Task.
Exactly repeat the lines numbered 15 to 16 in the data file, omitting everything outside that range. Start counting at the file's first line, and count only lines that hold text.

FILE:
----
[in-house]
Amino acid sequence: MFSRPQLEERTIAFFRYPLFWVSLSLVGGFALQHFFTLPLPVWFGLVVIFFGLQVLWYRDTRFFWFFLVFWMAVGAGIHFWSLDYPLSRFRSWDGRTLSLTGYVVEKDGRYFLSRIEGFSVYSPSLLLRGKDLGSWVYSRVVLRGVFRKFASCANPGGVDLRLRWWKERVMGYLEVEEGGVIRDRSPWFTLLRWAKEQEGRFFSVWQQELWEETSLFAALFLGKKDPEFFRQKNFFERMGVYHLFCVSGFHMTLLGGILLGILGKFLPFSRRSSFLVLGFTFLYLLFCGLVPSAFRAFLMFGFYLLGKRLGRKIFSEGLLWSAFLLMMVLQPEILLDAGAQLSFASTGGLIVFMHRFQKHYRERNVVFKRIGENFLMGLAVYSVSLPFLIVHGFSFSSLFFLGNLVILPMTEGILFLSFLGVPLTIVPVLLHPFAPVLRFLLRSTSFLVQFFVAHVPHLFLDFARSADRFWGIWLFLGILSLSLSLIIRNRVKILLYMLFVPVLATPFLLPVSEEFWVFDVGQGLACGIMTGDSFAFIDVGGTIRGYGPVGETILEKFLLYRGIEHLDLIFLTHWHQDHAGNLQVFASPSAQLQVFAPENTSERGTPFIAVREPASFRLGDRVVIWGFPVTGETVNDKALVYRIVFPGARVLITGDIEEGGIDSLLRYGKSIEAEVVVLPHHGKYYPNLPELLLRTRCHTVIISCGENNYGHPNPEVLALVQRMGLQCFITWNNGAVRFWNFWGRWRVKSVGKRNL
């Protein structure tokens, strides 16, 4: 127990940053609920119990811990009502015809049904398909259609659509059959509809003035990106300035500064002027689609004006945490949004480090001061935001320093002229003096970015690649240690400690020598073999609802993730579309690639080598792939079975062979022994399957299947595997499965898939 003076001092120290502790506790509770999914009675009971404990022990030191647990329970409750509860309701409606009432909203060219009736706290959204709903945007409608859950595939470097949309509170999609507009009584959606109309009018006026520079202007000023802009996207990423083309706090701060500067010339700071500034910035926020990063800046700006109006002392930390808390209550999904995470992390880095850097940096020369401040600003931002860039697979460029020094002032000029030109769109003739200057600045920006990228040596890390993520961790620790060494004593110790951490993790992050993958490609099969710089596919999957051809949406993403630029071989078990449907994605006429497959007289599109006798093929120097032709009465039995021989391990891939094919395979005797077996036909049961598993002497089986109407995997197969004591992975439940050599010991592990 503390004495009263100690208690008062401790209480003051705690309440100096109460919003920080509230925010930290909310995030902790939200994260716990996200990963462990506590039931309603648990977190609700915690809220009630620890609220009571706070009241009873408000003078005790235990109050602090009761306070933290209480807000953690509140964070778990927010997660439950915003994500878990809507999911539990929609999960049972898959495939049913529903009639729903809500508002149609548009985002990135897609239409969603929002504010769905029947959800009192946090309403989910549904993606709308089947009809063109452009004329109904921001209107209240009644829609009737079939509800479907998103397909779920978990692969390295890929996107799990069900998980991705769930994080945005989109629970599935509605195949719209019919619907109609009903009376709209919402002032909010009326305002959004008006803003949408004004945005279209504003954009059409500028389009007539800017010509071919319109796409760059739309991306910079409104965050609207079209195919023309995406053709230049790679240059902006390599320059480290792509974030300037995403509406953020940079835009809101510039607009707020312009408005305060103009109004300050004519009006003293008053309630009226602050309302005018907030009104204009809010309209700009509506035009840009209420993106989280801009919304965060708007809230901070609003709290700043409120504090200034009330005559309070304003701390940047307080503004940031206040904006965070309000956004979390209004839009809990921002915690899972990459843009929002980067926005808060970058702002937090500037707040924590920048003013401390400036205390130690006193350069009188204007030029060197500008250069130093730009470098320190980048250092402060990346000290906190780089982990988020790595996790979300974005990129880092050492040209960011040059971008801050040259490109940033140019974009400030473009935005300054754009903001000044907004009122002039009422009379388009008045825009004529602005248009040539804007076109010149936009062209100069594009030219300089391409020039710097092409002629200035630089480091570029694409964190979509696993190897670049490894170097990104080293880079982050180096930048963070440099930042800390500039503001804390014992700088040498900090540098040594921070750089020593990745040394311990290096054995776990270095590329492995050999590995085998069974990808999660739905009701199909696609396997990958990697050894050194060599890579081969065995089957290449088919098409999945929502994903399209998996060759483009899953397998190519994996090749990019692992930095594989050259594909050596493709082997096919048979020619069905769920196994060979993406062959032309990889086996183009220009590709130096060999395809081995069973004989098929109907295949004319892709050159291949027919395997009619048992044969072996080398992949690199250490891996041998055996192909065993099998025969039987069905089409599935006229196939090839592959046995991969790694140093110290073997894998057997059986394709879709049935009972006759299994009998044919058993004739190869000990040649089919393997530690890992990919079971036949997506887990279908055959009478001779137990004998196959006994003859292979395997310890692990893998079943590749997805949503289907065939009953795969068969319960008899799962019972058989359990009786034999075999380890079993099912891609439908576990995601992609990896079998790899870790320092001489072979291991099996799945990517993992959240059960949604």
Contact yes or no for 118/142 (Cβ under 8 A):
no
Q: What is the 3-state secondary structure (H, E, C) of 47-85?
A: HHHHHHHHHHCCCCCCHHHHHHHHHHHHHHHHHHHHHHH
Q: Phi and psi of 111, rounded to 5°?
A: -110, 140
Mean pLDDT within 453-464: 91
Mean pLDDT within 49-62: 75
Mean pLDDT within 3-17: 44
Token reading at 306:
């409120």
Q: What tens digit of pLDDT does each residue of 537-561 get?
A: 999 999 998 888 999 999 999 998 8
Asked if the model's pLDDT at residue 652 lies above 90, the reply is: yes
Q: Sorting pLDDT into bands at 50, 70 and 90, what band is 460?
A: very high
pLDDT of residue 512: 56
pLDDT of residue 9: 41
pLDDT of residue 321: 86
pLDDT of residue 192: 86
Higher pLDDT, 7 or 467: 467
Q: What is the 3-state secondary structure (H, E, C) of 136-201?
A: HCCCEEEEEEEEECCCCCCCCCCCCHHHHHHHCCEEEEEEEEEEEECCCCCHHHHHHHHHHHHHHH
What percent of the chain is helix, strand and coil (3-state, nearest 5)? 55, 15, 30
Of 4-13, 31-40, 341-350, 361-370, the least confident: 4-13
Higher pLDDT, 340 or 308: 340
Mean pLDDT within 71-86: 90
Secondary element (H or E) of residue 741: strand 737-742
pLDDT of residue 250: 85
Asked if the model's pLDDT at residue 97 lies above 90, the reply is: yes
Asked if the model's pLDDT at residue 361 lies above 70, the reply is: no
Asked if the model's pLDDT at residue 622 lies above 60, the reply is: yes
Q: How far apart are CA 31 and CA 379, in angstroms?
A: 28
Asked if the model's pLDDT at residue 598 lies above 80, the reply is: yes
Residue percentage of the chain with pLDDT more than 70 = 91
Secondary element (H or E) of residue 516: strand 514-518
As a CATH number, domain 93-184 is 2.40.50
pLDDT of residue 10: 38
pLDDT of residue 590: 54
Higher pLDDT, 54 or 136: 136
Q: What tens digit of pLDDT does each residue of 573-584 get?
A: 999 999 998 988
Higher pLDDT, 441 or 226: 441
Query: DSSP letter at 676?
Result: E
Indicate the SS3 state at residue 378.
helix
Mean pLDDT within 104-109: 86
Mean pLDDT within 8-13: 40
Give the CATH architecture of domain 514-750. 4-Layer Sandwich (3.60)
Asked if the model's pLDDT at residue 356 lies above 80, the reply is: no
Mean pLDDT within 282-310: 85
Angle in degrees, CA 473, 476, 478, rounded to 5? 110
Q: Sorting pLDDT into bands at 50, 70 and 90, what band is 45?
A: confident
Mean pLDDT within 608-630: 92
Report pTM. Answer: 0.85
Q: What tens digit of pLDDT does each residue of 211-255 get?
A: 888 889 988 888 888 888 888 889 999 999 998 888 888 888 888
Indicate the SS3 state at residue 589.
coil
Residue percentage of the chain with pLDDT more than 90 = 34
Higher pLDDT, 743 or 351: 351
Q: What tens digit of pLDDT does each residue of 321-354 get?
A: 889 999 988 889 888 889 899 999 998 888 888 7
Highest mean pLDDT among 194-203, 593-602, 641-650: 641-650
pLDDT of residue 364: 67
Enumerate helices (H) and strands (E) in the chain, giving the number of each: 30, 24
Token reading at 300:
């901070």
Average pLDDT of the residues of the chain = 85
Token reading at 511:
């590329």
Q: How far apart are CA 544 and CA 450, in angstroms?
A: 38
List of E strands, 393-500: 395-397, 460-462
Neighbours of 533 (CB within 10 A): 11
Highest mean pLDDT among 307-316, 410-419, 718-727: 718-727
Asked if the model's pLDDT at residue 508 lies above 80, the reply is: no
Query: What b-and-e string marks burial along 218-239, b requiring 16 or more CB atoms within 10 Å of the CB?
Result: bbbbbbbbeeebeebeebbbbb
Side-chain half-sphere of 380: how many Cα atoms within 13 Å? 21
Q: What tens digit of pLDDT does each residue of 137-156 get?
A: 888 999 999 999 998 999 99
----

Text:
Q: What tens digit of pLDDT does each residue of 537-561 get?
A: 999 999 998 888 999 999 999 998 8